21st Century Security Environment: An Era Of Uncertainty And Unpredictability

The Security Environment - Chart

Enlarge Image :: Figure 3

In the five years since 9-11, the international security environment has become increasingly dangerous.  Military commitments – requiring ground and Special Operations Forces – have increased on a global scale.  Sustained levels of force deployment have stressed our Soldiers, their equipment, and the institutions that generate them.  The likelihood of sustained strategic demand for Army forces underscores the need to improve our readiness for both current and future challenges.

We need sustained support and timely, predictable funding to keep requirements and resources in balance – in the face of growing threats to the Nation. We will continue to conduct operations to prevail in the war on terror and to execute a range of initiatives designed to improve our strategic posture to deal with the challenges we will face. 

We are increasing our capabilities to deal with the challenges we face today.  In light of the clearly foreseeable challenges now emerging, we must accelerate our preparation for those we will face tomorrow.  We remain steadfast in our determination to:

Recent decisions to expand the size of U.S. ground forces reflect clear recognition on the part of the President, the Congress, and the Secretary of Defense of the dangers America faces, the importance of our mission, the central role that ground forces will perform to defend the Nation, and the stress that our All-Volunteer force is weathering.  

This decision puts us on a path to greatly enhance the depth and breadth of Army capabilities, yet will require several years, considerable resources, and a sustained national commitment to bring to fruition.  Over time, this decision will alleviate strategic risk.  To implement the changes required to prepare for the future, while continuing our current pace of operations, we require timely, sufficient resources, and rapid implementation of policies designed to assure recurrent, predictable access to all of our components.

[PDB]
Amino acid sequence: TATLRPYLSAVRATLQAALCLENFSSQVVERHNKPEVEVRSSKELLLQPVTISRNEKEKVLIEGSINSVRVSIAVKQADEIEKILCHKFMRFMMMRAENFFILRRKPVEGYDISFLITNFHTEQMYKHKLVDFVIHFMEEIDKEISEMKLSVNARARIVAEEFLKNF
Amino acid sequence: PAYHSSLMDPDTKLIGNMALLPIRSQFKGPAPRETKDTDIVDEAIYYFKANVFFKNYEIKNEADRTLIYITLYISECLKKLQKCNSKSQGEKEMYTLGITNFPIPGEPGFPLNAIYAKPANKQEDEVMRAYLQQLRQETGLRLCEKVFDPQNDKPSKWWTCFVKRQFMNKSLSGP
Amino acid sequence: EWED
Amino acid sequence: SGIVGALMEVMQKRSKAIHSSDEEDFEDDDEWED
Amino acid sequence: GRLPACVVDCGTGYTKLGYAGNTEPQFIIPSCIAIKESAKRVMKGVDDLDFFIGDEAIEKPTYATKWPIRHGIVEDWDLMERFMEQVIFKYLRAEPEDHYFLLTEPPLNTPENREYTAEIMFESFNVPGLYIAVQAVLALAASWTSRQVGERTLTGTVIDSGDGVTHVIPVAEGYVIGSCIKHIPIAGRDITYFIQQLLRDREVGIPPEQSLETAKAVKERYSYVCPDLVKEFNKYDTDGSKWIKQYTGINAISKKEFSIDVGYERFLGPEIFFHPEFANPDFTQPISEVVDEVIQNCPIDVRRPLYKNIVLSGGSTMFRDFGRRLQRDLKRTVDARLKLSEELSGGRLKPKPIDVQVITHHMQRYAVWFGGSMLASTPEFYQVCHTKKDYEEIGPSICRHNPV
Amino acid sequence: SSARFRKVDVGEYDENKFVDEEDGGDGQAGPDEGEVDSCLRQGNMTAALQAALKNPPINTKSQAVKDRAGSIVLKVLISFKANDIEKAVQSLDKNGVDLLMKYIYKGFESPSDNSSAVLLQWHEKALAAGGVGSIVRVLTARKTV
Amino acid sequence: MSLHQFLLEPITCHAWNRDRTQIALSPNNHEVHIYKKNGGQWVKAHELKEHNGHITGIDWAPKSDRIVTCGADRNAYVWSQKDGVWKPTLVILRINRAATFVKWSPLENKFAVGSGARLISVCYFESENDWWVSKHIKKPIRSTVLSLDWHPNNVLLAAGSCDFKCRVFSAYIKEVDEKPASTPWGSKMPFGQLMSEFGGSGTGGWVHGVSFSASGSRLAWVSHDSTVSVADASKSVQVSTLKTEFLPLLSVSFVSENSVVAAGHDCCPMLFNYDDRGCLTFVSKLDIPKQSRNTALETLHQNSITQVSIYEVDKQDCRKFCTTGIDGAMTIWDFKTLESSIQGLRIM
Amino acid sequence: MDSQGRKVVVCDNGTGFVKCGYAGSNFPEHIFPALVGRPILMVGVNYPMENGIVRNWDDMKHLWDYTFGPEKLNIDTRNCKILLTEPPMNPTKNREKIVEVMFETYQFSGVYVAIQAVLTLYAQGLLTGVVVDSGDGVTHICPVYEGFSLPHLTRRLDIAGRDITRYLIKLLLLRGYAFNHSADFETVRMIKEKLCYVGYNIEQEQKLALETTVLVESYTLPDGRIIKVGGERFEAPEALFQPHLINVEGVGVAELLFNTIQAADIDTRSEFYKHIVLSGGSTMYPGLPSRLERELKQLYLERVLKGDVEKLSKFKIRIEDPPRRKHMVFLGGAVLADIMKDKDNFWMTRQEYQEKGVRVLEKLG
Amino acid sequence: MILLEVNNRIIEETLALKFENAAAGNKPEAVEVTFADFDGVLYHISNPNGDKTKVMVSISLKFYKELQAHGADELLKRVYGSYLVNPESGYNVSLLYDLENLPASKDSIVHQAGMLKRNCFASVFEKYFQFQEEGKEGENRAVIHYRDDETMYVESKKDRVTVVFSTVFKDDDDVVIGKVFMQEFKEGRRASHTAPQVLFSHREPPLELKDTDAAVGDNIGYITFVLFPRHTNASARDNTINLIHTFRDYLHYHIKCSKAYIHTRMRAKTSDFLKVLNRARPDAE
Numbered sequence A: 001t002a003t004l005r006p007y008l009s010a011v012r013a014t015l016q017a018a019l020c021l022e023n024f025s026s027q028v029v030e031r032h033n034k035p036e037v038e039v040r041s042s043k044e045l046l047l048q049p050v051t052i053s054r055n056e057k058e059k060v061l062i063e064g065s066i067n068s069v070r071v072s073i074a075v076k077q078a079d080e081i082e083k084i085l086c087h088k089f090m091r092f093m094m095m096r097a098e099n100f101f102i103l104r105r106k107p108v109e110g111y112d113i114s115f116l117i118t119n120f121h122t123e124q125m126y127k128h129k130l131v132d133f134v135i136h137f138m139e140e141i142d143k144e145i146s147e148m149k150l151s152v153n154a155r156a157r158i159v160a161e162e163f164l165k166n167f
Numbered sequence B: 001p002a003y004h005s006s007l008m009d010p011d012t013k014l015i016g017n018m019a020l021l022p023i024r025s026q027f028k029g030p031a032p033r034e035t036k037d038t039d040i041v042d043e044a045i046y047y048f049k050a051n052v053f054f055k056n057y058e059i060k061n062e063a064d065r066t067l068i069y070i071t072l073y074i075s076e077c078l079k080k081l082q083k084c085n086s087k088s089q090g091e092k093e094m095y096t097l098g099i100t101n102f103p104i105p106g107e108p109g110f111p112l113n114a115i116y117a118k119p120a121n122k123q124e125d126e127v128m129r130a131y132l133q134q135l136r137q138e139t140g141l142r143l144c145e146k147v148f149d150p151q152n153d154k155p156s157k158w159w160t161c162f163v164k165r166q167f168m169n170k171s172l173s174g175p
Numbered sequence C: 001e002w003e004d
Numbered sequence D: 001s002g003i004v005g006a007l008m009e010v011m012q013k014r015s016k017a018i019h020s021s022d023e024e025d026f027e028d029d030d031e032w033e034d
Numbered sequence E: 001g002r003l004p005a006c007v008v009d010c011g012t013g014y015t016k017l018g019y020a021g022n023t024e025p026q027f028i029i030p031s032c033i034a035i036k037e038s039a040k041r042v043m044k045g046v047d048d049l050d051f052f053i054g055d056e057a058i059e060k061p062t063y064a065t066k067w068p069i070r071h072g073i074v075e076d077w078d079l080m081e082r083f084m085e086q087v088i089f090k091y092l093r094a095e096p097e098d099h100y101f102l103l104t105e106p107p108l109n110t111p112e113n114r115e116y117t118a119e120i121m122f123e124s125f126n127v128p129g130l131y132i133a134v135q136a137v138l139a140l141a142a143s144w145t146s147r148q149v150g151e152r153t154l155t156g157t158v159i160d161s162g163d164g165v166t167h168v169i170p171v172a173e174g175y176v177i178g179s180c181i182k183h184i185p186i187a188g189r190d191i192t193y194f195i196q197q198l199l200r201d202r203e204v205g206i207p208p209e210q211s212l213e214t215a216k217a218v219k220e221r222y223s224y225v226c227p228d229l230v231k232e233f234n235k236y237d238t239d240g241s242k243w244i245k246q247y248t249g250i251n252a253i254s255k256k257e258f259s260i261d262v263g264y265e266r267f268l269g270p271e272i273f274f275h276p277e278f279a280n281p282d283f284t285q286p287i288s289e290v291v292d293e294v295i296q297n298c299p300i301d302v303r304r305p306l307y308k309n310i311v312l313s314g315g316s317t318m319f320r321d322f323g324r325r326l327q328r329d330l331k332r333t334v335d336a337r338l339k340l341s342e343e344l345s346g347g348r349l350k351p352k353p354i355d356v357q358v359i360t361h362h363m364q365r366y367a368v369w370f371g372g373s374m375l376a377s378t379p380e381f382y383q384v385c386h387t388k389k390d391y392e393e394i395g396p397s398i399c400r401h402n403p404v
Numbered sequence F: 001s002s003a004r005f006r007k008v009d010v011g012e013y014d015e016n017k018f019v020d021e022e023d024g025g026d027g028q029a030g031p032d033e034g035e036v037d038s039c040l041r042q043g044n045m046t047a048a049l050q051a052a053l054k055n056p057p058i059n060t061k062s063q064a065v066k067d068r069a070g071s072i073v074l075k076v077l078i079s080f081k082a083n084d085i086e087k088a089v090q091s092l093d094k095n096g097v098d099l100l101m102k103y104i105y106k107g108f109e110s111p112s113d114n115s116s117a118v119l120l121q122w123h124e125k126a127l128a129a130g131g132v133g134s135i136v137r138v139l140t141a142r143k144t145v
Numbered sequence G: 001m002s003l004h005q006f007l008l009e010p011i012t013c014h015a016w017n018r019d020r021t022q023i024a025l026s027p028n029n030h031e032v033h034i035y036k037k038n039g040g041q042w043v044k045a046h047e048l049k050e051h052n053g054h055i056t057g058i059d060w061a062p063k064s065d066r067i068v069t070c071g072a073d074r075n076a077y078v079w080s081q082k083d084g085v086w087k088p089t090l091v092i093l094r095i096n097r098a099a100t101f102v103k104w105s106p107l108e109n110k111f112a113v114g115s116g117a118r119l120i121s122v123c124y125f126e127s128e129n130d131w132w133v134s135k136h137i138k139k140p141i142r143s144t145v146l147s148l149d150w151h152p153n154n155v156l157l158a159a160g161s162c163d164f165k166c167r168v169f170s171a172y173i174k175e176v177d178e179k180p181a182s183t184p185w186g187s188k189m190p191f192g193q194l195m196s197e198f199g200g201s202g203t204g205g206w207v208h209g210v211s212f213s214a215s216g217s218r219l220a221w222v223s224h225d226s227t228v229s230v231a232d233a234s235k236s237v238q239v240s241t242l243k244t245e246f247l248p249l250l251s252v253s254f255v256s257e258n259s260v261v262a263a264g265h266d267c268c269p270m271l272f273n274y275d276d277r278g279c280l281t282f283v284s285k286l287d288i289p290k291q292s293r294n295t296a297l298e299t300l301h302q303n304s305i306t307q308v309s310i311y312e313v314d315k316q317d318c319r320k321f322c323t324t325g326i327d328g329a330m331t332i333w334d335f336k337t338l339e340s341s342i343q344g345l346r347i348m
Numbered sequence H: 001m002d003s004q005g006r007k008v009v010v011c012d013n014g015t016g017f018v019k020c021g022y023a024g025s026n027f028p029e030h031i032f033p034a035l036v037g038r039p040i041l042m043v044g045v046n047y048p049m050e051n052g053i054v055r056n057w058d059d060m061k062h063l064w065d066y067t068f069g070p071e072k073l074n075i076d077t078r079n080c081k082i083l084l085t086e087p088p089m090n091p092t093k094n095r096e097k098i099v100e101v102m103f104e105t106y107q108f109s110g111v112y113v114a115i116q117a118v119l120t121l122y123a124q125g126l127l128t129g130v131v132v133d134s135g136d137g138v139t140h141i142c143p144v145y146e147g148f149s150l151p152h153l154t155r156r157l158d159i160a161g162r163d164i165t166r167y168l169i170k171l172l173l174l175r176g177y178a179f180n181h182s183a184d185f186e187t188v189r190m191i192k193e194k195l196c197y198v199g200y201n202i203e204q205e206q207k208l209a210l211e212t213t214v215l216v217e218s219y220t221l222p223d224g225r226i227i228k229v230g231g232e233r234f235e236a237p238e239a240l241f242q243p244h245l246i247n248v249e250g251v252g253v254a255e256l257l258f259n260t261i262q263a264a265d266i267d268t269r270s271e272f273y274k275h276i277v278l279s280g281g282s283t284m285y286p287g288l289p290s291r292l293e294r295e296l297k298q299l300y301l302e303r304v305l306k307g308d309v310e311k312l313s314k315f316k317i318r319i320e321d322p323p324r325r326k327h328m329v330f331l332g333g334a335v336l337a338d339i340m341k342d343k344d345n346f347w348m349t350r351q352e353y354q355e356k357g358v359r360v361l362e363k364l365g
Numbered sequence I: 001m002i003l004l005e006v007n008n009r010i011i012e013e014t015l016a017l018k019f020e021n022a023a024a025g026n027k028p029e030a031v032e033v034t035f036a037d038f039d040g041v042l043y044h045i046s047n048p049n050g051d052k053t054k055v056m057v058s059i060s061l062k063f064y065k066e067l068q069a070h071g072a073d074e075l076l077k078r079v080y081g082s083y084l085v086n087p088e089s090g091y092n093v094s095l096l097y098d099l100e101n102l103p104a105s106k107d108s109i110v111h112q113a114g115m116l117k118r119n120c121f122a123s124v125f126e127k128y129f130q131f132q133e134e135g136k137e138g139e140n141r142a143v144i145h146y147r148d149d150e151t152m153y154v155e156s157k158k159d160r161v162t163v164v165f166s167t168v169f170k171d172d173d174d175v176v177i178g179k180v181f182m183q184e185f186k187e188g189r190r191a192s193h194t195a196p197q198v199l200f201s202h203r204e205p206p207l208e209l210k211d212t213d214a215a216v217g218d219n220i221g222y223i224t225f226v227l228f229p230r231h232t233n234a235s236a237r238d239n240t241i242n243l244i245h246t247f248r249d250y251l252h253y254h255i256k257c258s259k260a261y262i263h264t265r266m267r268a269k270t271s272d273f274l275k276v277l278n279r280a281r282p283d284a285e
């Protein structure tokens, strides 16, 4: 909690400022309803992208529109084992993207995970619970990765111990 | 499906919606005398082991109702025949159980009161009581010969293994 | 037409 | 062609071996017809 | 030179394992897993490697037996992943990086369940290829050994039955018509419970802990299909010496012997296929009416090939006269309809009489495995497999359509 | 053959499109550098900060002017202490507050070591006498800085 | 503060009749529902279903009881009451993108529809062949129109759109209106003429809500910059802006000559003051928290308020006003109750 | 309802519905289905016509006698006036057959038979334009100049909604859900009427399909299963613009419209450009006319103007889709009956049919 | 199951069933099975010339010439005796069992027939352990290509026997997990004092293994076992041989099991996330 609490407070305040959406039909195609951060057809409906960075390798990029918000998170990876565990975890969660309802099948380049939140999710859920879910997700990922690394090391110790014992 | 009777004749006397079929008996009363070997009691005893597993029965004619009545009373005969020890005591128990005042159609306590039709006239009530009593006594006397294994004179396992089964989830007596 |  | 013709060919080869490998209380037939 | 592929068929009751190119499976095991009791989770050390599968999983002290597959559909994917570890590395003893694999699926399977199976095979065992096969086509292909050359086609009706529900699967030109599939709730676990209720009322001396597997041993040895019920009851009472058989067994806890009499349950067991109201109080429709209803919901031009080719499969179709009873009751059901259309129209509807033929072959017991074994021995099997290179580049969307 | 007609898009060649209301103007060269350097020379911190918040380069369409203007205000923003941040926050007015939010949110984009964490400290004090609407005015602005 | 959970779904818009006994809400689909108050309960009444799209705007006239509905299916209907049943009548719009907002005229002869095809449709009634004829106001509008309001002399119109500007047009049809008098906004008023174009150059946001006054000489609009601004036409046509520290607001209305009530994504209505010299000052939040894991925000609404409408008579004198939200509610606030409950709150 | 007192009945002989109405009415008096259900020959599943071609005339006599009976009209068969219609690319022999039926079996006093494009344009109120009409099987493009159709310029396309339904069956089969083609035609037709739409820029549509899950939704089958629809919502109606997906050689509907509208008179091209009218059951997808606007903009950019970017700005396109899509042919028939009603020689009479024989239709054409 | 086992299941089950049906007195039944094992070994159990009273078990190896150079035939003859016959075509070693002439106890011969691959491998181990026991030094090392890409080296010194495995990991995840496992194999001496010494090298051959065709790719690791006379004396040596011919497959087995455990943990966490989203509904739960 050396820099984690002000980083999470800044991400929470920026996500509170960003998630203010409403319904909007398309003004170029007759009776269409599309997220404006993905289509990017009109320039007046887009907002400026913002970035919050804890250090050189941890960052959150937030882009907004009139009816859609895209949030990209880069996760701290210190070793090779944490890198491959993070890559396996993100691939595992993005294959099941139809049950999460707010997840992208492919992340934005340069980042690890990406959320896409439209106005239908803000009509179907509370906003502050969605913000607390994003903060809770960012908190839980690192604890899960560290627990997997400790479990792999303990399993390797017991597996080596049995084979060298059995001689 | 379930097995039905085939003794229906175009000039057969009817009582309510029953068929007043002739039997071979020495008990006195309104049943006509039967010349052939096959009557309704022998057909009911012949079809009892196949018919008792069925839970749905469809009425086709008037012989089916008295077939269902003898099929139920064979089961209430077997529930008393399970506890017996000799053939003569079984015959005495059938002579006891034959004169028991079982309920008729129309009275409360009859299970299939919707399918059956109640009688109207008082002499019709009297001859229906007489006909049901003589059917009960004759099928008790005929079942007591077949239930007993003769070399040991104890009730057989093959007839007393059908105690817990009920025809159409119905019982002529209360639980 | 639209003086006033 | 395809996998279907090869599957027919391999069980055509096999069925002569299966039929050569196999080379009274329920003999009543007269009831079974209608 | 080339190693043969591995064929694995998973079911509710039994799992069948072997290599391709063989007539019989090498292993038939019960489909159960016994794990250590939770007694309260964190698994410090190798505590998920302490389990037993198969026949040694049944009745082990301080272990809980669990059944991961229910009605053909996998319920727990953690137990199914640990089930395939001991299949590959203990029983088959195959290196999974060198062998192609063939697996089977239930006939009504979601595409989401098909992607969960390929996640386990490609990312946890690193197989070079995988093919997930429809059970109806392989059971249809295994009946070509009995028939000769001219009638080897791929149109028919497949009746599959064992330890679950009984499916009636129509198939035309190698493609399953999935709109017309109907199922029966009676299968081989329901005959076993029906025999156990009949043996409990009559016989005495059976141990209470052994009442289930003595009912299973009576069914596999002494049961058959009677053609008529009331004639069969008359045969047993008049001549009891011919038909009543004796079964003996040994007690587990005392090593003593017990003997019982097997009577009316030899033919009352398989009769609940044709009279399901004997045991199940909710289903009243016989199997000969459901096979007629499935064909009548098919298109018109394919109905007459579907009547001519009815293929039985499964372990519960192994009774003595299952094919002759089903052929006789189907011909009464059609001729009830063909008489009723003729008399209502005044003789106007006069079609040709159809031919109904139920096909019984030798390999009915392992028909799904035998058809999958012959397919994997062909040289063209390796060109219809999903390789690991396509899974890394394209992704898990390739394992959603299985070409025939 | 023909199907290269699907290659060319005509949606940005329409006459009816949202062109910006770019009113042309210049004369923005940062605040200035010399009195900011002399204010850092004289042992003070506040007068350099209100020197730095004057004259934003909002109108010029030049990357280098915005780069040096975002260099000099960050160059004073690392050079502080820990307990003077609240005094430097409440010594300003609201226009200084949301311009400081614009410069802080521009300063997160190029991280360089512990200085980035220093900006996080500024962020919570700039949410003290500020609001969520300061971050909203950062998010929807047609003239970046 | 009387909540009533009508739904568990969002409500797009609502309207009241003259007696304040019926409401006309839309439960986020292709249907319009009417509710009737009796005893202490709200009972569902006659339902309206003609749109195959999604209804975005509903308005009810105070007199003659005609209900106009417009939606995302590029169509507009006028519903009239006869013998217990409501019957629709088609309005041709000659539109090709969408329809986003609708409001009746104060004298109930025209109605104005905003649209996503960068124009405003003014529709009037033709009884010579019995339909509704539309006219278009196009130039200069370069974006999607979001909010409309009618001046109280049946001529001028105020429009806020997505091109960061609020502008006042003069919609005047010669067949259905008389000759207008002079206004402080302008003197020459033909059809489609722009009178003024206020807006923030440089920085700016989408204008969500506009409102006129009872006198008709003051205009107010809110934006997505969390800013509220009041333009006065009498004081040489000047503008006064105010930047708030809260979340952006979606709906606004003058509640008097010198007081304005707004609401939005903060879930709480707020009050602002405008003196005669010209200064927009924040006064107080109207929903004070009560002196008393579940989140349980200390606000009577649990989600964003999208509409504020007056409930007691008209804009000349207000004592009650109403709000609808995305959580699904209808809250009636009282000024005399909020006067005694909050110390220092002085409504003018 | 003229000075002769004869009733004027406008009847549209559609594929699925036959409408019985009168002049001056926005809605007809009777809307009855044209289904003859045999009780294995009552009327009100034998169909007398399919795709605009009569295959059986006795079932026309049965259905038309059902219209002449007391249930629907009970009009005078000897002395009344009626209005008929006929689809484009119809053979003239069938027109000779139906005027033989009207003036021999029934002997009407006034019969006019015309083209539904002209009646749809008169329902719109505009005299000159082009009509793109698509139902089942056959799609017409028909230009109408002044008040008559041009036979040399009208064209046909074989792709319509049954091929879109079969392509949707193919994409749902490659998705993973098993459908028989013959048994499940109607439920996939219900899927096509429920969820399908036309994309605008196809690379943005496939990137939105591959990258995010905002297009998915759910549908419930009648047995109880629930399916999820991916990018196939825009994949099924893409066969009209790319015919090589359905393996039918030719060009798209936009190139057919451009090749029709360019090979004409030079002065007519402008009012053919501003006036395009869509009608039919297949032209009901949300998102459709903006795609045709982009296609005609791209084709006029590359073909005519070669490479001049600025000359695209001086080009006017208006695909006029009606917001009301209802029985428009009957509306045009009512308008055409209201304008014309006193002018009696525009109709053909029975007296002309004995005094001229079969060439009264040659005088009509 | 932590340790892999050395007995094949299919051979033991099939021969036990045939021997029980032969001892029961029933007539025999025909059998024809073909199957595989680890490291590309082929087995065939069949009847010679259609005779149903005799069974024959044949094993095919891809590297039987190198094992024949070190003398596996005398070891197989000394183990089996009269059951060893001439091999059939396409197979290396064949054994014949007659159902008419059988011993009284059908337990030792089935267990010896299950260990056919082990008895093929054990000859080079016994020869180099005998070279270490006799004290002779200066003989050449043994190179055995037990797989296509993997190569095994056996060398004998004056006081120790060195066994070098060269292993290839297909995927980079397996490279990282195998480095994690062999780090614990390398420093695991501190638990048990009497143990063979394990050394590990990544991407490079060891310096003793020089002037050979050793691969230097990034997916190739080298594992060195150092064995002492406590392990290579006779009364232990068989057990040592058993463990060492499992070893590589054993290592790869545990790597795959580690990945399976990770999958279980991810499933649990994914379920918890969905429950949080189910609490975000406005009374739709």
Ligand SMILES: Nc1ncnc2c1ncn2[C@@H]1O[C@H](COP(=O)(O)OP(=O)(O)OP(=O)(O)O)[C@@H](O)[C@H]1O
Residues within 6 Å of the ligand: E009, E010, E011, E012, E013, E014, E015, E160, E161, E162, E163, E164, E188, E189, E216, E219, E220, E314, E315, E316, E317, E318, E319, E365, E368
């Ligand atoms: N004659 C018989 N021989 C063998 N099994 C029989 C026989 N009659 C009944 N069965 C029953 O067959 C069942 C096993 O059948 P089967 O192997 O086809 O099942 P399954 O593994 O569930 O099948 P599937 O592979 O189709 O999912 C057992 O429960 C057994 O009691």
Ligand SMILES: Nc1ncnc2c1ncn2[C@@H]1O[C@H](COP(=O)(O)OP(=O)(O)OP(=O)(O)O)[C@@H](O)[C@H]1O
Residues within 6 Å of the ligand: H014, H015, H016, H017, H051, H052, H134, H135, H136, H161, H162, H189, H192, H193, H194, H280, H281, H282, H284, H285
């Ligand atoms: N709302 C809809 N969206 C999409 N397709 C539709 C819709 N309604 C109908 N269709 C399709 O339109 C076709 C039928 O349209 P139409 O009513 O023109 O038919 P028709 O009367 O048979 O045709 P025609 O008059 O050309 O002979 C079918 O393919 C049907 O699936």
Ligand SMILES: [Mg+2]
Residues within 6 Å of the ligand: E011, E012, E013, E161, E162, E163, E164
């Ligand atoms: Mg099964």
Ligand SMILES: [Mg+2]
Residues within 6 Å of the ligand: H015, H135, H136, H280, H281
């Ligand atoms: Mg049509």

Complexity and Uncertainty

The National Defense Strategy identifies an array of traditional, irregular, catastrophic, and disruptive challenges that pose distinct threats to our Nation (Figure 3).  These threats are growing increasingly more complex due to: 

We will be confronted with increasing threats posed by a growing number of transnational organizations and movements, who will wage irregular warfare.  We will continue to face threats, posed by nation-states that will involve large scale conventional military forces in more regular forms of warfare. 

Fueled by ideologies that oppose our Nation’s bedrock values, extremist groups like al-Qaeda and other enemies, supported by the states and groups who sponsor them, are committed to reducing America’s global presence – and to destroying American society. They will seek to oppose the United States asymmetrically – by employing terror, information warfare, and the most deadly, casualty-producing weapons available.  Al-Qaeda’s goal is clear:  to gain control in the Islamic world by establishing a unified caliphate, stretching from North Africa to Indonesia, and to expand its influence well beyond these regions. 

Enemies like al-Qaeda are ruthless, unconstrained, and expert in distorting and exploiting the power of religion to further their ends.  Ongoing counter-terrorism and counter-insurgency operations in Iraq, Afghanistan, and elsewhere reflect the tough challenges involved in confronting savage, extremist adversaries in highly complex environments.Increasing Army Capabilities to Dominate in Complex Environments
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 We are fighting smart, adaptive opponents who are leveraging the opportunities presented by globalization to conduct brutal, indiscriminate, and unprecedented attacks. 

These adversaries will be neither deterred by nuclear or conventional forces nor defeated in battles with decisive outcomes.  Previous concepts for intelligence and warning do not adequately address the threats we now face.  To prevail in this struggle, the Nation must remain vigilant, improve interagency cooperation, and employ all instruments of national power – diplomatic, informational, military, and economic – in a rapid, concerted, and fully integrated manner. 

Military conflict will be waged increasingly in the human dimension – which underscores the need to be able to directly confront, to defeat, or to otherwise influence adversaries on the ground.  This need can only be met with “boots on the ground,” as U.S. ground forces have demonstrated so vividly since 9-11.  Ground forces, able to conduct sustained operations, will be required to counter the spread of radical ideologies, to influence people, and to bring order and stability to troubled areas.

The security environment in which our Soldiers will operate is becoming increasingly uncertain and unpredictable.  Their environment will be influenced by: